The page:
Kandy: Muttiah Muralitharan finally became Test cricket's most successful bowler on Monday, marking a new high for one of the most controversial players in the modern game.
The off-spinner bowled Paul Collingwood on the third morning of the first Test to claim his 709th wicket and surpass retired fellow spin great Shane Warne's world record tally of 708.
Bad weather in his home town of Kandy may have delayed the landmark after he took his 708th's wicket before tea on the second day, but the patient wait paid off for the prolific 35-year-old.
Muralitharan reached the record with his 61st five-wicket haul in an innings, already the highest by any bowler with Warne trailing a distant second with 37 such feats.
The Sri Lankan has also grabbed 10 or more wickets in a Test an incredible 20 times, double the Australian leg-spinner's second-placed tally of 10.
Muralitharan has taken only 116 Tests to get to 709 wickets. Warne's rich haul came after 145 matches before he announced his retirement after the fifth Test against England in Sydney in January.
Muralitharan's bent-arm action, the result of an elbow deformity since birth, helped him impart considerable turn and bounce even on the most placid wickets.
The unusual action caused heartburn in the cricket world, especially in Australia where umpires no-balled him for throwing and former prime minister John Howard once called him a 'chucker'.
The off-spinner was called the first time by Australian umpire Darrell Hair during Sri Lanka's tour Down Under in 1995.
Two years later, another Australian umpire, Ross Emerson, no-balled Muralitharan during a one-day series there, prompting a bio-mechanical analysis of his bowling action at the University of Western Australia in Perth.
The International Cricket Council, however, cleared Muralitharan's action and even amended the law two years ago to allow a 15-degree flexibility in the bowling arm.
His action has not been questioned since by umpires, but critics remain, with former India captain and classical left-arm spinner Bishan Bedi labelling him a "javelin thrower."
It seemed Muralitharan was destined to reach the summit in this serene hill resort where he was born in a confectioner's family on April 17, 1972 and reached the 700-wicket mark in the last Test played here against Bangladesh in July.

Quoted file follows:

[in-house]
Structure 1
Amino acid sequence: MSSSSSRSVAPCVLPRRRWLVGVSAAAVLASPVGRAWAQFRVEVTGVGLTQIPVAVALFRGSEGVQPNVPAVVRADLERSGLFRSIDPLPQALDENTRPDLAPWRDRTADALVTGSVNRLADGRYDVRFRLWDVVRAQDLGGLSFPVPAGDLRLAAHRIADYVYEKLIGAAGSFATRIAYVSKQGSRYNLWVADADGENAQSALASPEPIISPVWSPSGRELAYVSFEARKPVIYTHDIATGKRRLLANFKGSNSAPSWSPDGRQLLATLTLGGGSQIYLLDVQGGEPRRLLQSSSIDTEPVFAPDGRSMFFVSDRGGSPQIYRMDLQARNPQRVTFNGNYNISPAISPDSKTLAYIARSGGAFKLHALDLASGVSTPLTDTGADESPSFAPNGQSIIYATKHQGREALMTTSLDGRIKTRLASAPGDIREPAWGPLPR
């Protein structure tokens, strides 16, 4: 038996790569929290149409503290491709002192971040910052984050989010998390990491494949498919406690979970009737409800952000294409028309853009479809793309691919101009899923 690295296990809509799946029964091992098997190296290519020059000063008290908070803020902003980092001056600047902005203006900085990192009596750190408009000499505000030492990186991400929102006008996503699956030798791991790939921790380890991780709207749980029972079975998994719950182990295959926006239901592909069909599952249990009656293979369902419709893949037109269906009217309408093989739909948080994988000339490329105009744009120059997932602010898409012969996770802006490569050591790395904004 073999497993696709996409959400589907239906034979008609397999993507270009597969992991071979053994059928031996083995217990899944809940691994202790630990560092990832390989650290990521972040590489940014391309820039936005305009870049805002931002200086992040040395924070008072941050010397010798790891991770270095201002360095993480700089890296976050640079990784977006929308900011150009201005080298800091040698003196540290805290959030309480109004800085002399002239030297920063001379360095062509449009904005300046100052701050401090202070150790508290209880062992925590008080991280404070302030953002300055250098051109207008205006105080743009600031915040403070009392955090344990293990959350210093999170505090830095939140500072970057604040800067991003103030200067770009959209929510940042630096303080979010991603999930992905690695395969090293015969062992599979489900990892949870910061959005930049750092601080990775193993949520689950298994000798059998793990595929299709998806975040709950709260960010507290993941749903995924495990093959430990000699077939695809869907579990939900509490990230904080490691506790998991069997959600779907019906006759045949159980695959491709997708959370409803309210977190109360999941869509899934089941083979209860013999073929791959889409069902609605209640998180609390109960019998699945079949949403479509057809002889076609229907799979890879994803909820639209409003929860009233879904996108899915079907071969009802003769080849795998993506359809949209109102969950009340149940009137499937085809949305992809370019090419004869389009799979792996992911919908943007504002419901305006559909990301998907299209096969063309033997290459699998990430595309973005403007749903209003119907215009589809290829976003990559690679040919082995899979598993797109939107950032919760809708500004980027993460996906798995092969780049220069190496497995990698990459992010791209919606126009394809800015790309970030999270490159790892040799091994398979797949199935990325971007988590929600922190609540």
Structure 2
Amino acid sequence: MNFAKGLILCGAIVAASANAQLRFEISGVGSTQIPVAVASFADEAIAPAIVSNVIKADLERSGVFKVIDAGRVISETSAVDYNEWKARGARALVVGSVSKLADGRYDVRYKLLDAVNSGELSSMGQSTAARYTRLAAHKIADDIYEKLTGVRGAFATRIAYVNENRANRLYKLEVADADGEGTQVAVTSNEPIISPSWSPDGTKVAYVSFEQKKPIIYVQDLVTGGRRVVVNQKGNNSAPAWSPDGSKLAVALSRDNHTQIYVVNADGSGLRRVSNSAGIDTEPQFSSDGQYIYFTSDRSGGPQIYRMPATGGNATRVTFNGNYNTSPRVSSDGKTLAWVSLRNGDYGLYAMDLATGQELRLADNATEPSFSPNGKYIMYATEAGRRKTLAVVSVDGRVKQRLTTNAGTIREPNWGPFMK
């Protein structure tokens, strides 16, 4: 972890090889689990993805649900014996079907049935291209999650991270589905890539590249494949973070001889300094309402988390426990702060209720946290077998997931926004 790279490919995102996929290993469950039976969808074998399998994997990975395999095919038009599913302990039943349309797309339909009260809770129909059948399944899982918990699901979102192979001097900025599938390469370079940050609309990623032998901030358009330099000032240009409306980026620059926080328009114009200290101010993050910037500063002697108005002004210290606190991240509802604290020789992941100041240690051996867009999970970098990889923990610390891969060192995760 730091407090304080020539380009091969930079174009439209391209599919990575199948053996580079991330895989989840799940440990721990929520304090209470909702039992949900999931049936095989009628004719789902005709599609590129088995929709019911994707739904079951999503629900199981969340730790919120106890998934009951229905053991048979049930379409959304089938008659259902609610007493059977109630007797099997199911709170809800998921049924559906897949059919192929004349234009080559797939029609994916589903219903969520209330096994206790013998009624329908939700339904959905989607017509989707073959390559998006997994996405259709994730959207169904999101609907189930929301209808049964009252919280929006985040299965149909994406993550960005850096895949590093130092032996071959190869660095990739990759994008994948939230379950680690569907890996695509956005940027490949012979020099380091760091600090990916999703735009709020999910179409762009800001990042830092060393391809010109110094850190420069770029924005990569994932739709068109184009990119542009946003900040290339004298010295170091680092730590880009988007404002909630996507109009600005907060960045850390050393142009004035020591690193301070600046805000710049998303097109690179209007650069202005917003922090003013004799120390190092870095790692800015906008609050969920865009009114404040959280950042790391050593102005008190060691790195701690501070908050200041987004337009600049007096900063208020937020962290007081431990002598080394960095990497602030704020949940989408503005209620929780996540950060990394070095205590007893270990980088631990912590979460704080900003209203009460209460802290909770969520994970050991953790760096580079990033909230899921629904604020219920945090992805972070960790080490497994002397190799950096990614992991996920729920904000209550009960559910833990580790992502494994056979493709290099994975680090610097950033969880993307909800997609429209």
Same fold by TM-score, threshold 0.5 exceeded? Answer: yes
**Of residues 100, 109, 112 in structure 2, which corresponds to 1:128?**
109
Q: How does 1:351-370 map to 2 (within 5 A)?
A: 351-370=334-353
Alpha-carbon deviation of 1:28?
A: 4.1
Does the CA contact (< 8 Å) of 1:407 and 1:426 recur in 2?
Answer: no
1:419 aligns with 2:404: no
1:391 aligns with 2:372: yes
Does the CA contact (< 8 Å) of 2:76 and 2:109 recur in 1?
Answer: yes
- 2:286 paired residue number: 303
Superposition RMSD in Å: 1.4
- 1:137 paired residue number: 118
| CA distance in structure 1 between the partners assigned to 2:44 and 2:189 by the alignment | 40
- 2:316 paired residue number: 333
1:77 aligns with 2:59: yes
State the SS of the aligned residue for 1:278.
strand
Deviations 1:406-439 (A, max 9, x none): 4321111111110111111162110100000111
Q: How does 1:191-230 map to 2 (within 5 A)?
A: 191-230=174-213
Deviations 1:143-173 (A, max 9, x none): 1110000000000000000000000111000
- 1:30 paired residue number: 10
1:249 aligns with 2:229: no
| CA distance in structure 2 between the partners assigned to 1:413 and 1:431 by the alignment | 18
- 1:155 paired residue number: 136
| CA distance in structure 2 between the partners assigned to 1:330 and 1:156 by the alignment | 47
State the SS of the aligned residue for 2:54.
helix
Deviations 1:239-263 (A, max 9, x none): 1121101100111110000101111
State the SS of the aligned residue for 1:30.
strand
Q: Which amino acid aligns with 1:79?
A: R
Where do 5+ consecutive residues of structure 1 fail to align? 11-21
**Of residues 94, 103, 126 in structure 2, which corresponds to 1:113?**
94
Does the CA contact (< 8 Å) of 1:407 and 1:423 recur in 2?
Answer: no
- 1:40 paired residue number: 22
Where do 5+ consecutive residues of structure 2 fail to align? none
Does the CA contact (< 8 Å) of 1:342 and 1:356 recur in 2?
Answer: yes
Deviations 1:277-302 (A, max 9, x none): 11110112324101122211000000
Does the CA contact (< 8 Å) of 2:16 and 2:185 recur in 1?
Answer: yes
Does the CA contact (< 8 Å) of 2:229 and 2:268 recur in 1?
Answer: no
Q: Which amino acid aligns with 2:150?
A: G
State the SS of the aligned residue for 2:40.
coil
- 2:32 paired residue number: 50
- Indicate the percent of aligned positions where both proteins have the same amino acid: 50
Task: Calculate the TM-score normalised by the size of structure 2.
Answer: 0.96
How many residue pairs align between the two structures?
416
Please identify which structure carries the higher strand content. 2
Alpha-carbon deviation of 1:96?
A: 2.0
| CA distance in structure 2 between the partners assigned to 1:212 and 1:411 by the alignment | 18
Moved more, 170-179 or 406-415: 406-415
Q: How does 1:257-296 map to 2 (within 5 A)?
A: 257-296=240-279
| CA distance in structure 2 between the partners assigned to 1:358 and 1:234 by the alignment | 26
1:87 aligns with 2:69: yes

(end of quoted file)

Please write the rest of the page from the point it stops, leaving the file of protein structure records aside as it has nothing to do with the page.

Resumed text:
Murali, as he is popularly known, went to Australia for two Tests last month needing nine wickets to overtake Warne, but managed only four at the cost of 400 runs on wickets more suited to fast bowling.
The first Test against England was originally scheduled to be played in Galle, but was later shifted to Kandy because the tsunami-wrecked stadium in southern Galle was taking time to be rebuilt.
Murali has proved almost unplayable in his own country where his last 25 Tests fetched an incredible 205 wickets - more than eight a match - an at average of 16.03.
Sri Lanka's captain Mahela Jayawardene saluted his master spinner, saying Murali was not only "the best bowler in the world" but also the ideal team-mate.
"He is hungry for wickets but for him the team comes first," Jayawardene told AFP before the start of the first Test.
"At team meetings, he always talks about how to get the opposition out, how to win matches. It is always about the team, never about how we get another record.
"With that attitude, he will go on for a long, long time."
Murali, who made his Test debut in 1992, hopes to carry on despite a string of injuries that once forced exasperated former team physio Alex Kontouris to describe him as a "bio-mechanical mess."
He said in a recent interview he wants to take 1,000 Test wickets and hopes to play for Sri Lanka till the 2011 limited-overs World Cup to be hosted in the Indian sub-continent.
"I want to achieve a little bit more because I am still hungry for wickets," Muralitharan said.